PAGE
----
Readers of all ages and walks of life told me how they laughed and cried as they turned the pages and felt inspired by my fighting spirit.

“You can’t know where you are going until you understand where you have been.”  I said in my speeches. “In all my wanderings I have always known that I am a McKinzie, a Sterling Golden Warrior, a product of the Land of Lincoln.

After hearing me speak, reporter Ty Reynolds wrote in the Sterling Gazette, “Meet the woman. Read her story. Tell me she wasn’t as good a storyteller as she was basketball player. I dare you.”

All these touching tributes reminded me that the real reward in writing a book is not the fleeting fame or  any financial success, it is about connecting with people one word at time.

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How Title IX Changed my Life

Celebrate the 41st anniversary of Title IX today.

First posted March 4, 2013 by Generation Fabulous, women writing about women’s issues, as part of the launch for their new site.

Illinois State University lead nation in promoting women's sports

Illinois State University lead nation in promoting women’s sports

For the last fifty some years, I have been listening to people tell me NO!

I ain’t listening no more!

I grew up on the sideline begging to play ball like the boys. The first half of my life, I fought to be allowed on America’s playing fields. In 1972, when Title IX passed mandating equal opportunities for girls, I set the standard for the first girl’s basketball team in my high school. In 1978, I received the first athletic scholarship in Illinois to play basketball for Jill Hutchinson at Illinois State University. Jill, co-founder and first president of the Women’s Basketball Coaches Association, was a pioneer, who helped raise women’s college basketball to its current level of popularity.

I co-founded the first girl’s summer basketball camp in the Sauk Valley Region of Northern Illinois, so other girls in my area wouldn’t have to go to a boy’s camp like I did.

In 1979, I was drafted into the first Women’s Professional Basketball League (WBL.)  The general public pooh-poohed the notion and unfortunately the league folded due to lack of funds and interest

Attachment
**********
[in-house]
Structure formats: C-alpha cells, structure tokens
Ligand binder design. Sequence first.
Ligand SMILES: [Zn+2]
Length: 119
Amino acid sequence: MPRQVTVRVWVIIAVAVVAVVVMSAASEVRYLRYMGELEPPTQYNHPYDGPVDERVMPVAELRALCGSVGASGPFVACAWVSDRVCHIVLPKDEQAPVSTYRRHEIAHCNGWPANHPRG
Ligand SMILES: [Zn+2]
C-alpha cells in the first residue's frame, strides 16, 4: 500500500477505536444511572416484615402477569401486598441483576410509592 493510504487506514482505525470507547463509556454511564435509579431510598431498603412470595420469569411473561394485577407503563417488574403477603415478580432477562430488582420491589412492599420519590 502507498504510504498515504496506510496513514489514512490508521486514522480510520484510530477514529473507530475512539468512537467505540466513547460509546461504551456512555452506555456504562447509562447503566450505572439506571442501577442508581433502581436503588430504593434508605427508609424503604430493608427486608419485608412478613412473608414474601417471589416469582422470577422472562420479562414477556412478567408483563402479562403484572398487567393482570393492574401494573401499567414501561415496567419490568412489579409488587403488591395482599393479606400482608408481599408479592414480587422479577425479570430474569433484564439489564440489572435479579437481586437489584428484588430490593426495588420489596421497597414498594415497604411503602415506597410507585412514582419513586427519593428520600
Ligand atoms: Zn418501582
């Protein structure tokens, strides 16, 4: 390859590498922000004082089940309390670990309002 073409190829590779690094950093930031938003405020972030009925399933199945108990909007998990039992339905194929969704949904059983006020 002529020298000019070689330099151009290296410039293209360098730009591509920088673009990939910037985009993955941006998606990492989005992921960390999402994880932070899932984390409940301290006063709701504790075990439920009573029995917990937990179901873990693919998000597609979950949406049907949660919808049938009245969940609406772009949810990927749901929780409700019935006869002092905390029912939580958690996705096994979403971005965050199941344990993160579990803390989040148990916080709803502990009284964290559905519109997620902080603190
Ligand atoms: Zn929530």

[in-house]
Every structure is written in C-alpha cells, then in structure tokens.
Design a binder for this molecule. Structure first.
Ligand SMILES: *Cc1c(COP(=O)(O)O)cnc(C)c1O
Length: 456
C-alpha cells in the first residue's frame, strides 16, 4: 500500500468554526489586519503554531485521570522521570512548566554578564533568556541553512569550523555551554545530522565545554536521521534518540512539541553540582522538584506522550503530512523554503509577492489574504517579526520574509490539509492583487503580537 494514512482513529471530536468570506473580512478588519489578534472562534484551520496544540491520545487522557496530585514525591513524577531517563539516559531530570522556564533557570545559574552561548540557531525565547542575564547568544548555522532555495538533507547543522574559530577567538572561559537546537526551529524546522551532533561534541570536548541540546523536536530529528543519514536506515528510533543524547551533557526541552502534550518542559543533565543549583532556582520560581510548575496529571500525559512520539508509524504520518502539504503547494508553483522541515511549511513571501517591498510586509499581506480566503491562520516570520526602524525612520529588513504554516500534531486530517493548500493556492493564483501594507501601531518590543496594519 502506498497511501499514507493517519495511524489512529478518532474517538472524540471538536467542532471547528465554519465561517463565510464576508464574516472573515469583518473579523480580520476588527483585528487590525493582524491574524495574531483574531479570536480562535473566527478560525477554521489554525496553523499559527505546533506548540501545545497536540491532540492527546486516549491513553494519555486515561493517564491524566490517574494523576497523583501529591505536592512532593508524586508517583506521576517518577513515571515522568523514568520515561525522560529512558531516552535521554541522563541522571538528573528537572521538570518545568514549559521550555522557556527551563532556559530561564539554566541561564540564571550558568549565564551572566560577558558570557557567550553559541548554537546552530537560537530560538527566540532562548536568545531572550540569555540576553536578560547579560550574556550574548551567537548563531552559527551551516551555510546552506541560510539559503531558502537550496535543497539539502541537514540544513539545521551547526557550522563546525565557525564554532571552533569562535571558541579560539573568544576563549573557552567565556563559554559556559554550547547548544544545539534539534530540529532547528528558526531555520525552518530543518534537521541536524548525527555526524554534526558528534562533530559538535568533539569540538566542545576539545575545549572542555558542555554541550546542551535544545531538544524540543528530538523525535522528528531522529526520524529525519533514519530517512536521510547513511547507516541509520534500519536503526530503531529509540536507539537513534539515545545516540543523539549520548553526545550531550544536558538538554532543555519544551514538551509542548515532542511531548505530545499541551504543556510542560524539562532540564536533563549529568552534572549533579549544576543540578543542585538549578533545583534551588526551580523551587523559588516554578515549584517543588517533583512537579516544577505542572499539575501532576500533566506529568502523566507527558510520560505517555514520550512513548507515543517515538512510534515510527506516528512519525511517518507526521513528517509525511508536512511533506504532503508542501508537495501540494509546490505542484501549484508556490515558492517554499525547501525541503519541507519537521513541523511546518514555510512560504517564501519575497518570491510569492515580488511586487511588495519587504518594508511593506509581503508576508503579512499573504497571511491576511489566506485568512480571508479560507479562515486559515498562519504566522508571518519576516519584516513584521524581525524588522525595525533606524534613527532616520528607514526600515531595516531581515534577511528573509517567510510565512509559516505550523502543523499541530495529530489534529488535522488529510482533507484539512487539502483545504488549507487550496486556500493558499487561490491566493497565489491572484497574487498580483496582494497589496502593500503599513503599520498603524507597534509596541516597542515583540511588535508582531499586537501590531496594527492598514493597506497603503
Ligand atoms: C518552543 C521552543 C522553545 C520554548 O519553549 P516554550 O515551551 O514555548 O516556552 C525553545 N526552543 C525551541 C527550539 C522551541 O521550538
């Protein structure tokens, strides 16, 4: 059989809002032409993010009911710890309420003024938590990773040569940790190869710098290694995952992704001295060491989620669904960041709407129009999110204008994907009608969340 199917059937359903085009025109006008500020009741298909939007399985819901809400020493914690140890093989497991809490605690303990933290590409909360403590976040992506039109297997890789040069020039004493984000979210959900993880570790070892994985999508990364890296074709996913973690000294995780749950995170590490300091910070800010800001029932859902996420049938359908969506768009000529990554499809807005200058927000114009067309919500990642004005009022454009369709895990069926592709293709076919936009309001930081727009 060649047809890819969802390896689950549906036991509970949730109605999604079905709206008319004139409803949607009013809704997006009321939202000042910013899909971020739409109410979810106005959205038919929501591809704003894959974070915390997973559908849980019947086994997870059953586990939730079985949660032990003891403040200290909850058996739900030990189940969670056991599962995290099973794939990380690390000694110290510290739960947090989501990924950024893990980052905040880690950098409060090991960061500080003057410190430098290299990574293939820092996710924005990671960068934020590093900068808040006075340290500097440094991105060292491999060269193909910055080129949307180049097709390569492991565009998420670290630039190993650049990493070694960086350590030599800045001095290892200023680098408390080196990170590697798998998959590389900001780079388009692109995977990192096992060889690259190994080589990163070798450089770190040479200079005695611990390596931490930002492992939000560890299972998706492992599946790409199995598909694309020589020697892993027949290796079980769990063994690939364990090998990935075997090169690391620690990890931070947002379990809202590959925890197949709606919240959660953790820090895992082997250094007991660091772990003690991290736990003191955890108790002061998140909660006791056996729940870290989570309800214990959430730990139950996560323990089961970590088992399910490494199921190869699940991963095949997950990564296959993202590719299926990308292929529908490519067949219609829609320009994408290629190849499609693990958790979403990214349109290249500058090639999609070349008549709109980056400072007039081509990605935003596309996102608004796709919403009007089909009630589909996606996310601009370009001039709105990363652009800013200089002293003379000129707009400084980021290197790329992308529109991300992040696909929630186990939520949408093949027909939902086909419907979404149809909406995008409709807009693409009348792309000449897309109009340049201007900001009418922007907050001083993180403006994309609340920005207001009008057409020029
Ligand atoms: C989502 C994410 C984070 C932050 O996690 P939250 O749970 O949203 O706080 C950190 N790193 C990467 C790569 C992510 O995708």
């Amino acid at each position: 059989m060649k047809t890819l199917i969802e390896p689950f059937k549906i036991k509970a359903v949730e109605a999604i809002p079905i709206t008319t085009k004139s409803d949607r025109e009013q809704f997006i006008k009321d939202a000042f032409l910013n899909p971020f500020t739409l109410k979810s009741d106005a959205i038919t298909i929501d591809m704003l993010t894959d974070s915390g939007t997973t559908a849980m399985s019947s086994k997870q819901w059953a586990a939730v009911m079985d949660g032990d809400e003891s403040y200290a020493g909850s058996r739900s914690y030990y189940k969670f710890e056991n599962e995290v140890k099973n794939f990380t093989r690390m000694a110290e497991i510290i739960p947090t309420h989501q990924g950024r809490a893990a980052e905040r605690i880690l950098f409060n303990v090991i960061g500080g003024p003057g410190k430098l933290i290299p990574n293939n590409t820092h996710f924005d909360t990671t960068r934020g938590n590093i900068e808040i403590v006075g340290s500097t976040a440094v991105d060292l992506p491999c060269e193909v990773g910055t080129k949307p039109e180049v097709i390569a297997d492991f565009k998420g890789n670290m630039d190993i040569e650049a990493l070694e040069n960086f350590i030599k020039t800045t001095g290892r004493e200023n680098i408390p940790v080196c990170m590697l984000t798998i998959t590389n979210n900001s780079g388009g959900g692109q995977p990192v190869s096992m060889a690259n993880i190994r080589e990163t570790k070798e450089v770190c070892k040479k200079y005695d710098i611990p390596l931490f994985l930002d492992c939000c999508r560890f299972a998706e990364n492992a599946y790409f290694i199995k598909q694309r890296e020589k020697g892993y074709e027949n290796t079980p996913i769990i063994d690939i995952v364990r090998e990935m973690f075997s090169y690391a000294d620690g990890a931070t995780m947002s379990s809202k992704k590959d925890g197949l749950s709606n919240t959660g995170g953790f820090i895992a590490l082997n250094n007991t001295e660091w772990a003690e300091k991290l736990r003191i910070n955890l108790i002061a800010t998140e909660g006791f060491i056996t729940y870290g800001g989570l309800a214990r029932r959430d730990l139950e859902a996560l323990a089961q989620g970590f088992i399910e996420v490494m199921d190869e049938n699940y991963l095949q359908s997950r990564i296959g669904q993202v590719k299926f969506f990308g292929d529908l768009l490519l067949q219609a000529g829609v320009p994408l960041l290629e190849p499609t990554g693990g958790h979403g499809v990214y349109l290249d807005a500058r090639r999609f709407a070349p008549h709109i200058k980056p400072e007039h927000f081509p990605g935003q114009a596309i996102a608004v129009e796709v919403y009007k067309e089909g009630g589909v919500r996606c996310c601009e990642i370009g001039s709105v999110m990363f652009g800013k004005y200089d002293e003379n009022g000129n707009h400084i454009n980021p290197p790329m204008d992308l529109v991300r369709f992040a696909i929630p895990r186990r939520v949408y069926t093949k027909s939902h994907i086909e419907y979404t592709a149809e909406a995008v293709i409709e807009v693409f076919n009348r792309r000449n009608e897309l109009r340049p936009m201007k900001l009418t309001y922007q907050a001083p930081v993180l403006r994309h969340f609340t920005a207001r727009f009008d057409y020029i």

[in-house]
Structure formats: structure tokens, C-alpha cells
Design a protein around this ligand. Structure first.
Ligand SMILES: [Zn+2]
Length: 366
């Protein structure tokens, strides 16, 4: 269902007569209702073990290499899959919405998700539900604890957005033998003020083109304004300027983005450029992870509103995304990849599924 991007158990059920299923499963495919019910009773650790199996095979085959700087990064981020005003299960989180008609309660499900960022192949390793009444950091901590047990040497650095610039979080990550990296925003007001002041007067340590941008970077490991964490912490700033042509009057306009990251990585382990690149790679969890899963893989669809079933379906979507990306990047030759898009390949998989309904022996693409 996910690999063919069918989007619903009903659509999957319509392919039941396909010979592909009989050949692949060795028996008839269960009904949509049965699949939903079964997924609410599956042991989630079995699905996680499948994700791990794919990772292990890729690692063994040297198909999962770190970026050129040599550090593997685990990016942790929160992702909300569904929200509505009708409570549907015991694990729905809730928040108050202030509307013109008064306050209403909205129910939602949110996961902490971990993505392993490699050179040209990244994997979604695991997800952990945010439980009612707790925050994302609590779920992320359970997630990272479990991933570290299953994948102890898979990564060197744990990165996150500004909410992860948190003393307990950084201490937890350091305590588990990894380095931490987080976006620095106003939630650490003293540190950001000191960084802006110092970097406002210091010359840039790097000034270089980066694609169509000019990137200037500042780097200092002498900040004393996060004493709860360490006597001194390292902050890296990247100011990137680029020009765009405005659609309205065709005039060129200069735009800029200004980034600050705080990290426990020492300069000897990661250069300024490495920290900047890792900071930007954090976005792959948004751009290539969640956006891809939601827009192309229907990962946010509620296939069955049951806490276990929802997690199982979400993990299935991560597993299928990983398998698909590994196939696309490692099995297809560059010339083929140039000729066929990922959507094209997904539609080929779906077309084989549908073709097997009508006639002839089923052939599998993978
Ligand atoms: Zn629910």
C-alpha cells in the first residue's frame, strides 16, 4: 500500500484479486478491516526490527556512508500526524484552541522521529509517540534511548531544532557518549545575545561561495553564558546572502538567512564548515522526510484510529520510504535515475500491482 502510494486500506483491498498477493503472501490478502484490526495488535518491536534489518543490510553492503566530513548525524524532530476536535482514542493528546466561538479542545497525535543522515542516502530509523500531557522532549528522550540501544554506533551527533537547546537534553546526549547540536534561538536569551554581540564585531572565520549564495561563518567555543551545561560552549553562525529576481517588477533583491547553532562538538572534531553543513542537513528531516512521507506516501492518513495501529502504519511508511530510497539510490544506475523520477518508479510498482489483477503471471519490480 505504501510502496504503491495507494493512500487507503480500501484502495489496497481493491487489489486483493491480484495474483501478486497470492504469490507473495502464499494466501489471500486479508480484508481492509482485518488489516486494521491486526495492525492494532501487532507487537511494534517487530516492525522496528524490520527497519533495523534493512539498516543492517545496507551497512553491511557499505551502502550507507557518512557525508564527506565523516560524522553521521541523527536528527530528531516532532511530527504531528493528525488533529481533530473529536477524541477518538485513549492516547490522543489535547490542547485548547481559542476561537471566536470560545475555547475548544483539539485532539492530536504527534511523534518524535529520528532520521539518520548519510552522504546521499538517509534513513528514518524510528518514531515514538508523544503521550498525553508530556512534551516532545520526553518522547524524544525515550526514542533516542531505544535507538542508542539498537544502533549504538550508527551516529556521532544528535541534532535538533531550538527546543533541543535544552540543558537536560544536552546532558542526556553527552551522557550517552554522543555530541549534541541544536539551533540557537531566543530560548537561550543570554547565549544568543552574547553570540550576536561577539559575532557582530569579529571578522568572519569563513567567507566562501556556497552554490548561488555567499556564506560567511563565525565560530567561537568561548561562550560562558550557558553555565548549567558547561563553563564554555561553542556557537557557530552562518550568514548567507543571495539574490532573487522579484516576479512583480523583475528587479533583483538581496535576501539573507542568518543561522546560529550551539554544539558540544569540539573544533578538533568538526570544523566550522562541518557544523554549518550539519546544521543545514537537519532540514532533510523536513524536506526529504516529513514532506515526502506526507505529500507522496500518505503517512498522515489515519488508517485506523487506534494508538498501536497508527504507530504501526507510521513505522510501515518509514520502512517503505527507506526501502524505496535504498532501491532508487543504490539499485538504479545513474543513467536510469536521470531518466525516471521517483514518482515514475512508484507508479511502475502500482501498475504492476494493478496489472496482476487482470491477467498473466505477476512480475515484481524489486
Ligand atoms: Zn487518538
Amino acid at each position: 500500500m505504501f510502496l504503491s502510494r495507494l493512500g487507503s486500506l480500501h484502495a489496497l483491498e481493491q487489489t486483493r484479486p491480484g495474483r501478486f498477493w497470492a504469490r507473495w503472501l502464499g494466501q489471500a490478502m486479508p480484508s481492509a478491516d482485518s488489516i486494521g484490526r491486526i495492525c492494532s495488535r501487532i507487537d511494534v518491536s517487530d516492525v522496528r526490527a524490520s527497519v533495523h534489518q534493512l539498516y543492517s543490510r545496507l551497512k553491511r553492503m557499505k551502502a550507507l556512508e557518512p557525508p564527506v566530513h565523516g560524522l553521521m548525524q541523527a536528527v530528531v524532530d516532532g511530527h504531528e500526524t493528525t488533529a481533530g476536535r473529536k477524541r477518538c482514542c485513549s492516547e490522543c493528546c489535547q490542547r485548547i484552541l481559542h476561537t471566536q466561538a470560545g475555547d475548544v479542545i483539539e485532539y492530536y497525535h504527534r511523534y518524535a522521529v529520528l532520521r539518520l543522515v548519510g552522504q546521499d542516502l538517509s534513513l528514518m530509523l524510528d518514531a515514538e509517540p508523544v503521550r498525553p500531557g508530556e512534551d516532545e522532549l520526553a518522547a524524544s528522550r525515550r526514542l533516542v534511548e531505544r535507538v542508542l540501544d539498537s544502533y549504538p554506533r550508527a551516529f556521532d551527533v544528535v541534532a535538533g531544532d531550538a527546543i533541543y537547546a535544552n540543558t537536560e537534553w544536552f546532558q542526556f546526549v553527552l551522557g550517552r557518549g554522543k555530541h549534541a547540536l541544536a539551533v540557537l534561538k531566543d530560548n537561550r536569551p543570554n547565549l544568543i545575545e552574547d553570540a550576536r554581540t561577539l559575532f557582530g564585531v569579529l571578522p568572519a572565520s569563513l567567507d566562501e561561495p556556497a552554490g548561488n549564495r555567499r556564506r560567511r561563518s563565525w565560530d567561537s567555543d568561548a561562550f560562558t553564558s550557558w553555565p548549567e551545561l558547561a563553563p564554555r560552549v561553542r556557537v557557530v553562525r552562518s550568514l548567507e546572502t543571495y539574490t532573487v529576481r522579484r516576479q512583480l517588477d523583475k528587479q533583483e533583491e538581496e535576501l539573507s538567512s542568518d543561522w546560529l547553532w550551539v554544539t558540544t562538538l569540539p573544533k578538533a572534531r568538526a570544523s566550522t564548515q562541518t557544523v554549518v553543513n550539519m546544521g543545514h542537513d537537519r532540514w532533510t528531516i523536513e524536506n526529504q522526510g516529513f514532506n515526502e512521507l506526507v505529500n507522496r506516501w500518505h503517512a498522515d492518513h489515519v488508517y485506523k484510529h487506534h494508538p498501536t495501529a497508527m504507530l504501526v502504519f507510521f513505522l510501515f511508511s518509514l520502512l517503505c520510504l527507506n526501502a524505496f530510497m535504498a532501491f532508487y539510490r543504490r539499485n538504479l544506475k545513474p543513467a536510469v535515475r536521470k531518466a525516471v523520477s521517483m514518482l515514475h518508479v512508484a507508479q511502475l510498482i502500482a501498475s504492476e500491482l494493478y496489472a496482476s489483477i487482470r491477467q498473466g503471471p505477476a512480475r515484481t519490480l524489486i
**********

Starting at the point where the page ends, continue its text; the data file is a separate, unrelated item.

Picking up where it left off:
Then I was recruited to play overseas, but after a year in Paris, non-European women were banned from the professional French league.

So I crossed the border and found my dream team in Marburg Germany.

Kabooom!

A car accident in France ended my career. Instantly.

I started over. Again. But first I had to learn to walk. Eventually, I taught at international high schools and coached girl’s and sometimes boy’s basketball teams. But what I really coveted was a writing career. In my free time, I wrote a newspaper column, and sports, and travel pieces, but traditional papers were dying. I should know. I married a French printer. He suggested that I start a blog.

Decades ago, I wrote my first book and signed with a big name agent, but publishers said that no one was interested in women’s basketball. Another half a dozen years passed, I worked up my courage, wrote another book and finally landed another high-flying agent. Once again, publishers said no thanks; I was not a not big enough name. Undaunted, I wrote yet another draft, interested a third agent, but it was still no go.

I felt like a loser. I moped. I swore. I cried. I kicked the wall. Then I picked up the pen again.

I do not take no for answer.

Damn it! You want something done, do it yourself!

Persistence pays off. A decade later, after another couple dozen drafts, I present to you, Home Sweet Hardwood: A Title IX Trailblazer Breaks Barriers Through Basketball.

Illinois State University - 1978

Illinois State University – 1978

With a firsthand account of the monumental Title IX ruling, my book serves as an inspiring lesson in women’s history, but it is more than just a sports story. From expatriate life to cross cultural marriage to motherhood, Home Sweet Hardwood touches on the transitions every woman makes as she bridges the gaps between genders, generations and cultures.

Now you tell me, where would I be now if I gave up a half century ago when the powers that be, said, No!